RSS
Is itching as contagious as yawning?
A new study shows that merely watching a video of someone scratching themselves makes you feel itchy, too
 
Dogs do it. Cats do it. Humans do it. Itching: It's natural, inevitable, and now, according to a study, contagious behavior.
Dogs do it. Cats do it. Humans do it. Itching: It's natural, inevitable, and now, according to a study, contagious behavior.
CC BY: Jennifer

Anecdotal evidence has long suggested that scratching an itch, much like yawning, is something we can't resist doing if we see others doing it. Now, scientists at Wake Forest Baptist Medical Center have confirmed, in a study published in the British Journal of Dermatology, say they have confirmed, scientifically, that itching really is catching. Here, a brief guide to what the study:

What did they find out about itching?
The researchers monitored how 25 participants reacted when they saw a series of five-minute videos — some showing people scratching, others showing them "acting normally." The participants were divided into three groups: People suffering from eczema; healthy subjects who had an itch-inducing histamine applied to their arms; and another healthy group that was given a placebo. All three groups reacted the same way, scratching more when those on screen did, and scratching less when those on screen refrained. Notably, those doused with the itchy arm solution clawed themselves all over, not just on their arms.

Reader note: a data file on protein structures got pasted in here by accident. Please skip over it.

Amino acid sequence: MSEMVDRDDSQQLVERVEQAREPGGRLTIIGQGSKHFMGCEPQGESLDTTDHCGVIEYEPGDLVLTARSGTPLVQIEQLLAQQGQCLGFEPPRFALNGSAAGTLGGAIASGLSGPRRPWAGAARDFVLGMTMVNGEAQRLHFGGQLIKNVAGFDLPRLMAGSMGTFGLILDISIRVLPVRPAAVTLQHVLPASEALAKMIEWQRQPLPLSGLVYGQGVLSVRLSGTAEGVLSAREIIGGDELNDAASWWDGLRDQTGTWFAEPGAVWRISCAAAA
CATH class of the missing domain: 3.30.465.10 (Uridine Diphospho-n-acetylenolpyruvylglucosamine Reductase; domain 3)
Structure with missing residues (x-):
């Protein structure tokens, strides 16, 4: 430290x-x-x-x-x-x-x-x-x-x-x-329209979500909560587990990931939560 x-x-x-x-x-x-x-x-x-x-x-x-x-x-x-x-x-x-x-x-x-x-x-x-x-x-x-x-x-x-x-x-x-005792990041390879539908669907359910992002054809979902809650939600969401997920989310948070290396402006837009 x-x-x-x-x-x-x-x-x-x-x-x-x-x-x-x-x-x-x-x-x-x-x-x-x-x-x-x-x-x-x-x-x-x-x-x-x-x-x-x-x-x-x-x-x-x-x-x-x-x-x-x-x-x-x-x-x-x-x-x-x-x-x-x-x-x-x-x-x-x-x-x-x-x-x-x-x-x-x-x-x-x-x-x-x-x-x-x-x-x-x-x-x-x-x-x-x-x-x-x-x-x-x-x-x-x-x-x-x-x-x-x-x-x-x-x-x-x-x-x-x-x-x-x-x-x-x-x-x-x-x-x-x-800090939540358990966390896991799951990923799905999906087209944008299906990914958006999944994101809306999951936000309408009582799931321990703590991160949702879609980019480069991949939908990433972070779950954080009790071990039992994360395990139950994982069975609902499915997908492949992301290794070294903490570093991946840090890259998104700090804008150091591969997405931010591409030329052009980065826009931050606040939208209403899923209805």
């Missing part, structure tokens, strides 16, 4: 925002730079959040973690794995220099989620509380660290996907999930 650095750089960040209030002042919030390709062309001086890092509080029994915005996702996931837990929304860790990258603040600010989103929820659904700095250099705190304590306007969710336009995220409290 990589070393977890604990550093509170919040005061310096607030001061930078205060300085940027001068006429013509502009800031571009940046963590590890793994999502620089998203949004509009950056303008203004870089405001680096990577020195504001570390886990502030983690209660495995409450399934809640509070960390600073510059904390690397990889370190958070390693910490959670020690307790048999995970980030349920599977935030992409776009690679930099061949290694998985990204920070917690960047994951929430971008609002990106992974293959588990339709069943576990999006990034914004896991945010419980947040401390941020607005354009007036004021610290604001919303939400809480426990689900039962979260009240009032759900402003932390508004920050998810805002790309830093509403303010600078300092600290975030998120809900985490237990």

What causes contagious itching?
Based on similar studies conducted on other primates, scientists believe this is an "inherited biological alarm" that once warned humans about potentially dangerous infections among a population. "This shows that the power of the brain is pretty extreme," says Dr. Alexandru Papoiu, one of the study's researchers. Of course, it's not the only human response that's susceptible to going viral. "The mechanisms underlying contagious itching may be similar to the ones involved in contagious yawning, a phenomenon that is still intensely studied, but not exactly clear,' said Dr. Gil Yosipovitch, who led the team.

What's next?
Scientists now know that certain stimuli cause people to scratch even when there's no obvious reason to itch. The next step is to target the specific areas in the brain that produce those responses. "If we can understand the underlying mechanism and its cause," says Papoiu, "we should have a better chance to treat itch, targeting the central nervous system stations involved."

 

THE WEEK'S AUDIOPHILE PODCASTS: LISTEN SMARTER

Subscribe to the Week